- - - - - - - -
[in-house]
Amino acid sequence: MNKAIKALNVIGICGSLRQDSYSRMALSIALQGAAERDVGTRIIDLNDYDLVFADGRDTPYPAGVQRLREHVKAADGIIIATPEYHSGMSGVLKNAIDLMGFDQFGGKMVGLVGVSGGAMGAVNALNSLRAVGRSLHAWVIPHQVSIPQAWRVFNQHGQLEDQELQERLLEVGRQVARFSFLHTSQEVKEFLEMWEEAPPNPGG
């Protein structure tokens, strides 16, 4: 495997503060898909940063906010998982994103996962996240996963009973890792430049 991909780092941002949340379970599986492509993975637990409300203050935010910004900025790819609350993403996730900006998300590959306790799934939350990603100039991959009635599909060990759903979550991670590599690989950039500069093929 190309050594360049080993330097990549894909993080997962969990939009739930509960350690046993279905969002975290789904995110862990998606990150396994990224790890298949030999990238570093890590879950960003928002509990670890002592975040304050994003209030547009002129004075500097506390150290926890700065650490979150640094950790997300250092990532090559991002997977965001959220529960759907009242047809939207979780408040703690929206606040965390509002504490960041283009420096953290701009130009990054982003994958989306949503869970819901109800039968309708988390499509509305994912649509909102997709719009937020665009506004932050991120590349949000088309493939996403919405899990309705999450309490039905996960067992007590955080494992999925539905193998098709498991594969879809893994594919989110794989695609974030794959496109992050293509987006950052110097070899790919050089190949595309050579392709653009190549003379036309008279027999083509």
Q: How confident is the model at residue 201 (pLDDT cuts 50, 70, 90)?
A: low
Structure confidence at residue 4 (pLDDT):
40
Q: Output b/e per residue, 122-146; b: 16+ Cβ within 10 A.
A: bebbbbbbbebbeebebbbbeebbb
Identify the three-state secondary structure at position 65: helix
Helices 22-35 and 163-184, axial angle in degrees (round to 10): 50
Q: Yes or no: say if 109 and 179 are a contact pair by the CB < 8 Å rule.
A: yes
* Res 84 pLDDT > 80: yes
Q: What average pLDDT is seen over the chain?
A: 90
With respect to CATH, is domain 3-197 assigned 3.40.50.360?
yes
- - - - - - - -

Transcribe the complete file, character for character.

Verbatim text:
[in-house]
Amino acid sequence: MNKAIKALNVIGICGSLRQDSYSRMALSIALQGAAERDVGTRIIDLNDYDLVFADGRDTPYPAGVQRLREHVKAADGIIIATPEYHSGMSGVLKNAIDLMGFDQFGGKMVGLVGVSGGAMGAVNALNSLRAVGRSLHAWVIPHQVSIPQAWRVFNQHGQLEDQELQERLLEVGRQVARFSFLHTSQEVKEFLEMWEEAPPNPGG
């Protein structure tokens, strides 16, 4: 495997503060898909940063906010998982994103996962996240996963009973890792430049 991909780092941002949340379970599986492509993975637990409300203050935010910004900025790819609350993403996730900006998300590959306790799934939350990603100039991959009635599909060990759903979550991670590599690989950039500069093929 190309050594360049080993330097990549894909993080997962969990939009739930509960350690046993279905969002975290789904995110862990998606990150396994990224790890298949030999990238570093890590879950960003928002509990670890002592975040304050994003209030547009002129004075500097506390150290926890700065650490979150640094950790997300250092990532090559991002997977965001959220529960759907009242047809939207979780408040703690929206606040965390509002504490960041283009420096953290701009130009990054982003994958989306949503869970819901109800039968309708988390499509509305994912649509909102997709719009937020665009506004932050991120590349949000088309493939996403919405899990309705999450309490039905996960067992007590955080494992999925539905193998098709498991594969879809893994594919989110794989695609974030794959496109992050293509987006950052110097070899790919050089190949595309050579392709653009190549003379036309008279027999083509």
Q: How confident is the model at residue 201 (pLDDT cuts 50, 70, 90)?
A: low
Structure confidence at residue 4 (pLDDT):
40
Q: Output b/e per residue, 122-146; b: 16+ Cβ within 10 A.
A: bebbbbbbbebbeebebbbbeebbb
Identify the three-state secondary structure at position 65: helix
Helices 22-35 and 163-184, axial angle in degrees (round to 10): 50
Q: Yes or no: say if 109 and 179 are a contact pair by the CB < 8 Å rule.
A: yes
* Res 84 pLDDT > 80: yes
Q: What average pLDDT is seen over the chain?
A: 90
With respect to CATH, is domain 3-197 assigned 3.40.50.360?
yes